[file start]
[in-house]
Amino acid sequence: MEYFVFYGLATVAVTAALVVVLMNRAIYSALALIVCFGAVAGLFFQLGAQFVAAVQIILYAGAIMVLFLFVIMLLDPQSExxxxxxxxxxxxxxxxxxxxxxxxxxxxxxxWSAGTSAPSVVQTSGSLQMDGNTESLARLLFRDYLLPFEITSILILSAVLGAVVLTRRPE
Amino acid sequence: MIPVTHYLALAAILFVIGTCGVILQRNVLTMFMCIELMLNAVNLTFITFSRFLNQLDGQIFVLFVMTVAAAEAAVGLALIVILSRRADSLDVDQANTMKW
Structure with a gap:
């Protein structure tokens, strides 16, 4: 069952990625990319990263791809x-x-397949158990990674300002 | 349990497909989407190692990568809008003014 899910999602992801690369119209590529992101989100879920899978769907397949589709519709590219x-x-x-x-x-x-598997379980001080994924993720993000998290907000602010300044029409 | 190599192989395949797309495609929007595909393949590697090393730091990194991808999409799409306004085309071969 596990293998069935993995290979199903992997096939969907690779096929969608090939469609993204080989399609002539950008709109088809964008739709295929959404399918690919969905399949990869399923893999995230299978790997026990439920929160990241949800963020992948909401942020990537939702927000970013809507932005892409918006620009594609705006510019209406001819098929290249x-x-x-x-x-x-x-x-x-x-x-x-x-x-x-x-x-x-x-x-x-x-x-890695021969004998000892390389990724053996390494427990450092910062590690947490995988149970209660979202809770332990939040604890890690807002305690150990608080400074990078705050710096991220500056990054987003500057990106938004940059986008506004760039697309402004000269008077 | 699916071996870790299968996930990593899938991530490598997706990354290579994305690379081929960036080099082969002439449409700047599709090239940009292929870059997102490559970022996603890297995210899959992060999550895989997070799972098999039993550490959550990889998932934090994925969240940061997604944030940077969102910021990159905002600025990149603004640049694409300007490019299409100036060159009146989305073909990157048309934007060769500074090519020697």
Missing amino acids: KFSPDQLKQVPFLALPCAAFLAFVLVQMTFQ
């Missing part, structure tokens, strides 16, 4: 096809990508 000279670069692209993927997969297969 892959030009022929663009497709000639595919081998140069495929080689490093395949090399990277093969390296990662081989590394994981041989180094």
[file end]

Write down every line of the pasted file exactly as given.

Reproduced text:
[in-house]
Amino acid sequence: MEYFVFYGLATVAVTAALVVVLMNRAIYSALALIVCFGAVAGLFFQLGAQFVAAVQIILYAGAIMVLFLFVIMLLDPQSExxxxxxxxxxxxxxxxxxxxxxxxxxxxxxxWSAGTSAPSVVQTSGSLQMDGNTESLARLLFRDYLLPFEITSILILSAVLGAVVLTRRPE
Amino acid sequence: MIPVTHYLALAAILFVIGTCGVILQRNVLTMFMCIELMLNAVNLTFITFSRFLNQLDGQIFVLFVMTVAAAEAAVGLALIVILSRRADSLDVDQANTMKW
Structure with a gap:
């Protein structure tokens, strides 16, 4: 069952990625990319990263791809x-x-397949158990990674300002 | 349990497909989407190692990568809008003014 899910999602992801690369119209590529992101989100879920899978769907397949589709519709590219x-x-x-x-x-x-598997379980001080994924993720993000998290907000602010300044029409 | 190599192989395949797309495609929007595909393949590697090393730091990194991808999409799409306004085309071969 596990293998069935993995290979199903992997096939969907690779096929969608090939469609993204080989399609002539950008709109088809964008739709295929959404399918690919969905399949990869399923893999995230299978790997026990439920929160990241949800963020992948909401942020990537939702927000970013809507932005892409918006620009594609705006510019209406001819098929290249x-x-x-x-x-x-x-x-x-x-x-x-x-x-x-x-x-x-x-x-x-x-x-890695021969004998000892390389990724053996390494427990450092910062590690947490995988149970209660979202809770332990939040604890890690807002305690150990608080400074990078705050710096991220500056990054987003500057990106938004940059986008506004760039697309402004000269008077 | 699916071996870790299968996930990593899938991530490598997706990354290579994305690379081929960036080099082969002439449409700047599709090239940009292929870059997102490559970022996603890297995210899959992060999550895989997070799972098999039993550490959550990889998932934090994925969240940061997604944030940077969102910021990159905002600025990149603004640049694409300007490019299409100036060159009146989305073909990157048309934007060769500074090519020697």
Missing amino acids: KFSPDQLKQVPFLALPCAAFLAFVLVQMTFQ
């Missing part, structure tokens, strides 16, 4: 096809990508 000279670069692209993927997969297969 892959030009022929663009497709000639595919081998140069495929080689490093395949090399990277093969390296990662081989590394994981041989180094």